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Thread: Measuring For A New Toilet

  1. #1
    DIY Junior Member Noddaplumber's Avatar
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    Nov 2008
    Watauga, Texas

    Default Measuring For A New Toilet

    I am purchasing a new toilet for my master bath this week. The plumbing supply said to measure from the wall to the hold down bolts. That measures 13 inches. So, I assume I can use a 10 or 12 inch toilet and live with extra space between tank and wall on a 10 inch.

    Going back to an old post and problem. My front bath has had no toilet for months. The plumbers tell me to measure from the wall to the center of the flange which is 9 inches. Thus, they say I need to rip up my flooring to extend the flange. But when I measure from the wall to the hold down bolts I hit 10 inches. The distance between the hold down bolts in the front bath is 6 inches.

    So, who is right? The plumber or the plumbing supply house? How do I tell what size toilet I need? Are the plumbers trying to scrounge up money on the front bath by saying I need to rip up the floor? Would a 10 inch toilet work after all?


    Last edited by Terry; 04-13-2009 at 09:20 AM.

  2. #2
    In the Trades Gary Swart's Avatar
    Join Date
    Sep 2004
    Yakima WA


    You will want to use a 12" toilet on the new bath. There will still be some space between the tank and wall. The other toilet problem is not quite as simple. It seems that there is no exact industry standard on rough-in sizing. For example, some toilets listed as 12" actually only take about 11-1/2". So, it may depend on what toilet listed as a 10" you try to fit on your flange. My guess is that if you do find one that will fit, it will be a tight fit. Compounding your problem is the fact that there are not many 10" toilets to choose from. If you don't get a more precise answer, you might send Terry a PM. He should be able to give you the data you need.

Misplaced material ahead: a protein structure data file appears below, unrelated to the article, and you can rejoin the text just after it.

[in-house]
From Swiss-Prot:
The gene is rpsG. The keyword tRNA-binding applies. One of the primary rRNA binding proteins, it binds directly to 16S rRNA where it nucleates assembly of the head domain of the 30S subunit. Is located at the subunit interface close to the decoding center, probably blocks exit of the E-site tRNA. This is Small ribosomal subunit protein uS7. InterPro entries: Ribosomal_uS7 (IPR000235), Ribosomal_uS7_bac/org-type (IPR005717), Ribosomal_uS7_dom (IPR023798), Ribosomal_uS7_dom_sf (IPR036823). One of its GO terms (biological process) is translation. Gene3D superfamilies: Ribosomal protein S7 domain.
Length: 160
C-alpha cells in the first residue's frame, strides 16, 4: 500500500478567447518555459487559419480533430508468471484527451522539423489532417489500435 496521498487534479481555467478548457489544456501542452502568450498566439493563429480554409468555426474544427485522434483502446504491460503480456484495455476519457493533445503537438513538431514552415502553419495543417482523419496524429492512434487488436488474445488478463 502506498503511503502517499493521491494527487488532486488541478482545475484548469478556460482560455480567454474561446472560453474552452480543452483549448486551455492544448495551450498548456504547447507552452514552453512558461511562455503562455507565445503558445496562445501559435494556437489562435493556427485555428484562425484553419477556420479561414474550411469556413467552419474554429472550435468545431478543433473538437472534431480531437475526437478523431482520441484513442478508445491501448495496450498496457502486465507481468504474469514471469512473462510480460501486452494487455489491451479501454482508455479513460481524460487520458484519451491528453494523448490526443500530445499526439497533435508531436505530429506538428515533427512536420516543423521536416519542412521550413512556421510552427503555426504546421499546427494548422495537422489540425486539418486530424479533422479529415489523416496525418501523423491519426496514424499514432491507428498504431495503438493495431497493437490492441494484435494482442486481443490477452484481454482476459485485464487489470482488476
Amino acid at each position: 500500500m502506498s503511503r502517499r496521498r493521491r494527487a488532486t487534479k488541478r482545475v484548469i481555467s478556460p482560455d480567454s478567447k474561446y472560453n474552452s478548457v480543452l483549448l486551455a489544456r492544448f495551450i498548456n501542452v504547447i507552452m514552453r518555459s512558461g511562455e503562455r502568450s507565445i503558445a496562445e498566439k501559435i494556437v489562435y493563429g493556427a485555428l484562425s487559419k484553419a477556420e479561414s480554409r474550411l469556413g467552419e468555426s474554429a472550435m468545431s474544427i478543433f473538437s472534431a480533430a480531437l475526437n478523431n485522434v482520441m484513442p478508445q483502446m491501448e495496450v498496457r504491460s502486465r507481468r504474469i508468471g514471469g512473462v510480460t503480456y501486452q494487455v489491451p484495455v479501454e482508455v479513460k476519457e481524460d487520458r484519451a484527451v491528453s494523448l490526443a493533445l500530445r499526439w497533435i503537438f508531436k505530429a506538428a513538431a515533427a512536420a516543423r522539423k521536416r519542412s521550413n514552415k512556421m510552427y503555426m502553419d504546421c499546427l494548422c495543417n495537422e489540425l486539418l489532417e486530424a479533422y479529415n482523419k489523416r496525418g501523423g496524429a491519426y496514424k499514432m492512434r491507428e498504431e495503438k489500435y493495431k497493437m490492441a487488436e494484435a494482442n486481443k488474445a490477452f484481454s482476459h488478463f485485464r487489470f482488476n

3. #3
    Retired Defense Industry Engineer jadnashua's Avatar
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    Sep 2004
    New England


    When properly installed, the two bolt holes that hold them in place to mount the toilet are parallel with the wall (i.e., equidistant from the wall and centered around the flange). Note when measuring, do not include the baseboard unless it is very high...measure from the actual wall or from the baseboard then add the thickness of the baseboard for the actual measurement.

    When you install a toilet, there is a small amount of wiggle room in the bolt slots to shift the toilet a little. Keep in mind that this also means the toilet outlet won't be centered on the drain pipe, so you must not move things too much. A 1/4" is fairly easy, more could be a problem.

    Some of the Toto toilets that come in 10" rough, normally have about 3/4" behind then. So if you had 9-1/4", it would fit, but the tank would be touching the wall.

    You really need to recheck things to figure out what you have. By limiting yourself to a few 10" toilets (and there aren't all that many), you really limit your choices of toilets. If you could move it to become a 12" rough-in, your options open up radically.
    Jim DeBruycker
    Important note - I'm not a pro
    Retired Defense Industry Engineer; Schluter 2.5-day Workshop Completed 2013, 2014

  4. #4
    Forum Admin, Expert Plumber Terry's Avatar
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    Aug 2004
    Bothell, Washington
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    Rough in is the distance from the finished wall to the center of the drain.

    Normally the bolts are at center.

    Most toilets have 3/4" behind the tank,
    So 12" toilets will work at 11-1/4"
    The 12" Drake works at 10-7/8"
    A 10" toilet will work at 9-1/4"

    Last edited by Reader Review; 01-06-2009 at 10:36 AM.


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